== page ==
A Contract is Born

What makes a contract a contract? Is it the legal prose, the professional typesetting, or the date across the top? I’m no lawyer, but my mentor once told me that a contract “is just a piece of paper until both parties have signed it.” So, if you’re being asked for the date of a contract on a purchase sale agreement for an appraisal, which date do you choose? To the best of my understanding, you select the date of the most recent signature. This is, after all, when the contract became a contract. Let me show you.

Suppose you have two people who are signing a contract. The contract is written up, and includes a date at the top, “August 27, 2021”. Below, one of the parties has signed it, and dated their signature as August 27, 2021. However, the second individual doesn’t sign it until a day later: August 28, 2021. If a contract needs both signatures in order to be a true, binding contract, then it follows that it does not truly become a contract until the second signature has been given. Before that event, it is simply a piece of paper with fancy words and maybe a name at the bottom.

So next time you’re left wondering, “Which date do I choose,” I would say, “Choose the date of the most recent signature.” After all, a contract is just a piece of paper until both people have signed it. Thus the date of contract would be, in my view, the day it became legal and binding: the day it actually became a contract.

For more information on this subject, please download and listen to The Appraiser Coach Podcast Episode: 

7 thoughts on “A Contract is Born”

  1. What’s the contract date associated with you selling out to corporate greed, and ending the charade of being an appraiser? Asking for a friend.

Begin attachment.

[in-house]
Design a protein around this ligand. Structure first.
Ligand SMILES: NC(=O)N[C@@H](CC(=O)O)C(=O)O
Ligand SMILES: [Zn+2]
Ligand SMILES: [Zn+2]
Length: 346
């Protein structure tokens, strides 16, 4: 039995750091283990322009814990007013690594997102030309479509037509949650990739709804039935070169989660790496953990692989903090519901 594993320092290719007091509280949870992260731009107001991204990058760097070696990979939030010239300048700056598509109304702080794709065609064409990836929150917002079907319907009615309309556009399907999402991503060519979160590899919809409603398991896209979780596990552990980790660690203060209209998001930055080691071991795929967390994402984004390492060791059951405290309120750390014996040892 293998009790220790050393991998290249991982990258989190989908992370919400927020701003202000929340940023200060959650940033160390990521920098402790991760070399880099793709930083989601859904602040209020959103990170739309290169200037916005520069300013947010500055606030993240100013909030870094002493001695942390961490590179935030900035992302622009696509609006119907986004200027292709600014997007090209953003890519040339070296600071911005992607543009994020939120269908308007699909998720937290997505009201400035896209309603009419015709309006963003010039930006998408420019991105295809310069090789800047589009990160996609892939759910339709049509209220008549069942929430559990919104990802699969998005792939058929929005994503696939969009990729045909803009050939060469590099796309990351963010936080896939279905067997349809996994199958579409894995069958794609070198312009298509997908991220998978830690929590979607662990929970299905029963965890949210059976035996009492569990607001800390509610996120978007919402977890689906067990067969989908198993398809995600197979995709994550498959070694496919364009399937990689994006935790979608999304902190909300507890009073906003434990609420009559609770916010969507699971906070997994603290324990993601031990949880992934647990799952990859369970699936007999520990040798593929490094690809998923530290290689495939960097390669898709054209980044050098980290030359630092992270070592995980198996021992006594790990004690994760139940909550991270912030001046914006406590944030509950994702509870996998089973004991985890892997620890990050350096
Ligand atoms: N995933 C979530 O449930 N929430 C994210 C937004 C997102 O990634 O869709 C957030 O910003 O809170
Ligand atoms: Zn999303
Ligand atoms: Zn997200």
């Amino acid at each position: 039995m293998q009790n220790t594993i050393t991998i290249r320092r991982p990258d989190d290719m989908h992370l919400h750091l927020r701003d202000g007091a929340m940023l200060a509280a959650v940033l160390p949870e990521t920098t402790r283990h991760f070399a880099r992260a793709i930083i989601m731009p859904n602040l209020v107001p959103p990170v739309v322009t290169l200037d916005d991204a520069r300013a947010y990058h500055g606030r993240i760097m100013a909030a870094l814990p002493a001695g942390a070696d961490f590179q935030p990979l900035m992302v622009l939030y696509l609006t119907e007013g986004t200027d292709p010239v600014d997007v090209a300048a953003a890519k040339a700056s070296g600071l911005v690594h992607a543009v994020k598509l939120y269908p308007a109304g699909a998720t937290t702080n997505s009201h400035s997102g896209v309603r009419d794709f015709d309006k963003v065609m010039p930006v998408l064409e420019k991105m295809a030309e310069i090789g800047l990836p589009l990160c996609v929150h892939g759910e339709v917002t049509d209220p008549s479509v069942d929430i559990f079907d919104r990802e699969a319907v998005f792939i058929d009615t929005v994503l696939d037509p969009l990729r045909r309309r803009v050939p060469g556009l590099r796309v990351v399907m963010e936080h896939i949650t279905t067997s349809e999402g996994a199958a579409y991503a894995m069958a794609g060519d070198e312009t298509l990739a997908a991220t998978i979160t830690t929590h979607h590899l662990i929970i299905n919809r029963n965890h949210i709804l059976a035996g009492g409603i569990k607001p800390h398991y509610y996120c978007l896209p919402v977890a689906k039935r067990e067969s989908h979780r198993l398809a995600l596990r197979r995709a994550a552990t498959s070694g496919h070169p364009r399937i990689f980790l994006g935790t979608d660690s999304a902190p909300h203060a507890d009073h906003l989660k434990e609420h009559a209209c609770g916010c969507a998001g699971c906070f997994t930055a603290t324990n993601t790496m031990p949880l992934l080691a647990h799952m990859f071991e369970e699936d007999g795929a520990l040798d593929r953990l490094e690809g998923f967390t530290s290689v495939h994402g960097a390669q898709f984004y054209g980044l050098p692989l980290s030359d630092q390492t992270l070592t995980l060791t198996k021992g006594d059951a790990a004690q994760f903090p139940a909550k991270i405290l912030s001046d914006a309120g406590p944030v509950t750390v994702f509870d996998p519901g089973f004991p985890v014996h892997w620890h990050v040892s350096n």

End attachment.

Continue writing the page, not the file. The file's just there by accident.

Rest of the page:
Seek the truth, and question those who say they are here to help as often times they turn into the enemy (taking +/- 50% of the fee).

  2. Question, what about the counter offers, is the contract date the date the last person signed the offer or the most current signature date on the most current counter?

  3. Good article. What is a counter offer in a sales contract. A counter offer states that you or the party (buyer) making the original offer HAS NOT been accepted by the seller. Once again, your contract has to have both signatures. The seller does not accept the offer, but counter’s the buyer’s offer with a NEW offer. The buyer, can do the same, counter the seller. The end result is that you have to have two signatures that both agree to the terms of the contract. The last signed date (acceptance of contract) becomes the ratification date.

  4. Clayton S Kennedy

    My Grandpa sold many houses as broker just with oral agreement on purchase price and a handshake. Back when your word still mattered.

    1. Considering the author quit and sold his appraisal business so he could work for an AMC/valuation company Clayton, not that I ever believed and drank his Kool-Aid, but I would think Dustin’s words don’t matter anymore. Do as I say, and not as I do right Dustin?

      Seek the truth.

    1. It’s all about “mutual assent”, complete agreement on price and all pertinent terms of the written agreement. The seller’s acceptance of the final offer with specified terms with a dated signature by all parties to the agreement. The last date is the date the appraiser relies upon.

Leave a Comment

Your email address will not be published. Required fields are marked *

Related Posts

Scroll to Top

Existing Members

If you have been a member prior to Jan. 1st 2024

Or, click on the right side to sign up as a new member (with a free month and added bonus material) and your existing membership will be automatically moved over and any extra payments credited. 

Or, click on the link below to sign up as a new member (with a free month and added bonus material) and your existing membership will be automatically moved over and any extra payments credited. 

New Members

If you became a member after Jan. 1st 2024 or are an existing member and want to move to our new system. 

Try the All-Star Team No-Risk for 30 Days Free!